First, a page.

The Formula One series has had a patchy history in terms of quality ever since Codemasters took over the development reins back in 2010. After all, the British-based code house isn’t exactly renowned for crafting true simulation gaming experiences, having cut its teeth in the arcade rally sector for over a decade now.
When Codemasters took the reins in 2010 it was met with lukewarm applause – after all since when did Codemasters ever create a true simulation game? With F1 2013 known to be the last decent Formula 1 game from Codemasters’ arsenal, it seemed that Codemasters pitted the licence and passed it onto another studio. Many thought so, especially after F1 2015.
But another year passes and another season returns. F1 2016 races onto the pit straight with several new features. In fact, there are so many big changes to the handling model and extra features that you can forgive Codemasters for using, seemingly, F1 2015 as a test bed for its new game engine.
Hitting the road in an F1 car is a far cry from handling a car -the sheer torque and horsepower to weight ratio of an F1 car makes it the fastest accelerating sports car on the planet – but trying to control that power is quite something else. With F1’s new handling model, it’s best to take your first foray onto the track in Time Trial mode.
Here you can choose your track, team, and the session settings, whether you want to go top speed and beat your (and other players) fastest lap on a dry track, or turn on the water works and practice those laps on the black sea. If you want to go even further you can change the time of day too which allows for you to race at any time of day, from dusk till dawn, or perhaps you want to use the official times instead.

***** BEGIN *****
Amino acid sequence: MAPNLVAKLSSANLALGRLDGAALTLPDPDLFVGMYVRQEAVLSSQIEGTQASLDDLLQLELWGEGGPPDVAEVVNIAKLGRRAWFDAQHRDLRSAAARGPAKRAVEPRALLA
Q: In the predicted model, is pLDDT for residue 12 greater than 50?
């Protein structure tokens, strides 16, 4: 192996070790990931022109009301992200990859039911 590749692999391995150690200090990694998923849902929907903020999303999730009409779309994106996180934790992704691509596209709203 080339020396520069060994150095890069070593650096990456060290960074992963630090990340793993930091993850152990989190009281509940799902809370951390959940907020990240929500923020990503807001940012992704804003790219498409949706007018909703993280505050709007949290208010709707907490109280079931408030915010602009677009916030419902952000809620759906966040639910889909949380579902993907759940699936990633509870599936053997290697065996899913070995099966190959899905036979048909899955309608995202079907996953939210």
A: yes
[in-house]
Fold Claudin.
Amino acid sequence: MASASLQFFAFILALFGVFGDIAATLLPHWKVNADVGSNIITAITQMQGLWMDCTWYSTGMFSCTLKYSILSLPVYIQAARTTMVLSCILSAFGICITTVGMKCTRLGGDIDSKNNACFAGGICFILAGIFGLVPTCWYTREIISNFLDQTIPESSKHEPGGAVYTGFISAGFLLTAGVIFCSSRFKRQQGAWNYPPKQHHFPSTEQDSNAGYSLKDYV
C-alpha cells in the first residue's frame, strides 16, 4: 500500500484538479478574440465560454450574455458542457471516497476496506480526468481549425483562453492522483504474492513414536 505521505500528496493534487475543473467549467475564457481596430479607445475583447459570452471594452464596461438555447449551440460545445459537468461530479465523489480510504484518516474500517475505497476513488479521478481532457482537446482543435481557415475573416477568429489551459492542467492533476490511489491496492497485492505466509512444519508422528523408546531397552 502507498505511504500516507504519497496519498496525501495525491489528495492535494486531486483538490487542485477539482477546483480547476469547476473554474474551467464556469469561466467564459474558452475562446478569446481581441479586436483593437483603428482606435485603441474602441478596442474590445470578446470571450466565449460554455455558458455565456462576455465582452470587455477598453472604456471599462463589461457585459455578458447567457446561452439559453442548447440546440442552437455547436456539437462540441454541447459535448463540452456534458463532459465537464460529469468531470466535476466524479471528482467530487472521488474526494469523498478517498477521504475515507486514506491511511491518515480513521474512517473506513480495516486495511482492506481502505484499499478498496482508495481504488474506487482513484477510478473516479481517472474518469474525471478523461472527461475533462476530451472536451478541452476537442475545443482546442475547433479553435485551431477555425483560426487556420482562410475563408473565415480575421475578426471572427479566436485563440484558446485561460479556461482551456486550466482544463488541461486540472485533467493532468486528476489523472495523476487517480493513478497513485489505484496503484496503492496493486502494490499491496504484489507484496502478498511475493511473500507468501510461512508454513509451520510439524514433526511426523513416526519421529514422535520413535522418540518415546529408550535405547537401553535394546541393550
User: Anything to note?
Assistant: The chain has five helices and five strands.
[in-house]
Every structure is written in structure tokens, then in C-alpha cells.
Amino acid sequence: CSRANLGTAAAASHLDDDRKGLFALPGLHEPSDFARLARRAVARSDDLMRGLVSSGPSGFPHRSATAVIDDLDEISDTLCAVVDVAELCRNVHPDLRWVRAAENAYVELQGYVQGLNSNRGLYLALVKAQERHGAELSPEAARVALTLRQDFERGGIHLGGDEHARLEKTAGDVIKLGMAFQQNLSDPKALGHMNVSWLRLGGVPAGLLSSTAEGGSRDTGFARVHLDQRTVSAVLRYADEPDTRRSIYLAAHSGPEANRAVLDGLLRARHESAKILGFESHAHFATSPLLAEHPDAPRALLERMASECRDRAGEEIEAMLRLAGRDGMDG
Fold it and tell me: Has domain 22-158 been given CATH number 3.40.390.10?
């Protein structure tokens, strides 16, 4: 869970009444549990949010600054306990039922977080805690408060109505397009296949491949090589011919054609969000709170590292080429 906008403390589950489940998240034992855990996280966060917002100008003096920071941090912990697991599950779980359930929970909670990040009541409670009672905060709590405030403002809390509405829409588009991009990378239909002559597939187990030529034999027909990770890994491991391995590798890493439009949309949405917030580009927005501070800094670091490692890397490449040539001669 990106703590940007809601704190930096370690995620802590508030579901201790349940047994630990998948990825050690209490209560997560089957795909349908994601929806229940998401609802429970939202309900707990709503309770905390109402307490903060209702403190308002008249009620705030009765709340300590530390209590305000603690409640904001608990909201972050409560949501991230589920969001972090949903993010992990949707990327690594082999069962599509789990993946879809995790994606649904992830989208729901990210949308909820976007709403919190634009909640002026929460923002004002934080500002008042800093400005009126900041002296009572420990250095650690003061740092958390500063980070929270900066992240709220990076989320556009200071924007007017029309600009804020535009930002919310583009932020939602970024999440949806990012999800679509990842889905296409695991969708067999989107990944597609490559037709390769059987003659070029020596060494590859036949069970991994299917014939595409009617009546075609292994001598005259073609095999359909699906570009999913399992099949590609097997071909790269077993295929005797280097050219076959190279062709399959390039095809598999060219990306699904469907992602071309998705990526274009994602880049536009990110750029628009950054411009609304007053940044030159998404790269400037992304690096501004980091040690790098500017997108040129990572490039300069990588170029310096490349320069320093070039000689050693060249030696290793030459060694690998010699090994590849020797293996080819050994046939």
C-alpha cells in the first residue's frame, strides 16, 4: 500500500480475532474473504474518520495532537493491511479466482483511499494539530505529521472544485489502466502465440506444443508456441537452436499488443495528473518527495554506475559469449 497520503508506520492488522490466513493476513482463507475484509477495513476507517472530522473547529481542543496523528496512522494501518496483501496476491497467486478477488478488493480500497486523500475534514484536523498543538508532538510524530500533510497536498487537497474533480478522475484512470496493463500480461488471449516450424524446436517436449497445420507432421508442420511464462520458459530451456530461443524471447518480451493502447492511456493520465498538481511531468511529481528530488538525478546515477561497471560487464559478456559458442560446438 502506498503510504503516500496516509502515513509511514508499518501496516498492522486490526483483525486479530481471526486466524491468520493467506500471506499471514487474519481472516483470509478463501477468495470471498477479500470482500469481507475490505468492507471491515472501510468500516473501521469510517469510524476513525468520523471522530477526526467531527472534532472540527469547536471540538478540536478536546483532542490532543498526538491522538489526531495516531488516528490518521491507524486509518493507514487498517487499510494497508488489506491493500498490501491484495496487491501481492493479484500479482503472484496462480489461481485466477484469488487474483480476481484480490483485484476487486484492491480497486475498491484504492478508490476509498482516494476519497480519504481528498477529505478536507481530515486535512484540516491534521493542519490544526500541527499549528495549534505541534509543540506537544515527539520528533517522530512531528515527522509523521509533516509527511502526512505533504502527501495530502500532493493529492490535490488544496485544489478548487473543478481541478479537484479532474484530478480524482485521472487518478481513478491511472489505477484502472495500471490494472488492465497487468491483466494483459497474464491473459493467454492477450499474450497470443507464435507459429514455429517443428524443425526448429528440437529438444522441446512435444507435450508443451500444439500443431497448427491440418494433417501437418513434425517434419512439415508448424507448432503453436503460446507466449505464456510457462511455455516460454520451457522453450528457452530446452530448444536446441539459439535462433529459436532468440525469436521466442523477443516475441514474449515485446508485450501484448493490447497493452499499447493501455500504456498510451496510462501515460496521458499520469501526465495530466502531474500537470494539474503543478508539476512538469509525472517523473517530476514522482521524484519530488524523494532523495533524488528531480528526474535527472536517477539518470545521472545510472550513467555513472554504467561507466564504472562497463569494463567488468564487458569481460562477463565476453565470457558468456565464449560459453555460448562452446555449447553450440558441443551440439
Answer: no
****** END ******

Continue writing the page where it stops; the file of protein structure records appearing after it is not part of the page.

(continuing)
Once you feel you get a handle for the car then you can drive a Quick Race. Much like the Time Trial, you can also set the type of weather, but also go that one step further and have dynamic weather and set it to what point in the race you want it to change to; accelerating the time of day makes for an interesting dynamic weather race.
If you want to go straight to a race you can with a minimum of 3 laps, or you can go full weekend mode with a full length race, practice sessions, qualifying sessions (even one-shot qualifying). But one option, which is a nice touch, is being able to create your own custom championship by adding races to a list, and you can place them in any order.
The real highlight of the F1 2016 is the Career mode (Championship Mode is the same but only a single season). If there was one portion of the F1 series that has been sorely lacking, it was this mode which definitely required a massive overhaul. Not only has Codemasters thrown the old form book out the window, but its taken the TV footage of a whole race weekend and extracted the best bits out of it, given it a coat of paint, then televised each race like you were watching real TV, only now you’re the star.
Assuming you’re a mega-racing fan and a bit of a sadist, then choose the Pro Career mode instead and get your arse handed to you. Unless you’re someone that can live with the speed and consistency of the AI, you are going to come very low in the order. Every assist is also disabled, damage is set to realistic, and you have no flashbacks. If you make a mistake, then it’s race over.
F1 2016 review continued overleaf…
A new feature added to F1 2016 is being able to improve your car throughout the season. Each race you’re given targets during practice sessions, qualifying, and the race. These targets can be anything from staying on the racing line, completing fast laps while staying under a fuel ratio, looking after your tyres, beating a rival, race performance, and many more. Depending on how well you do you’re given points.
These points can be used to upgrade your car on various different systems (up to a maximum of five additions). Each upgrade can only be applied at the following race so you need to plan ahead. While it is a simple system, it would have been nice if there was more of a research tree than a set of six items that can only be upgraded in a specific order.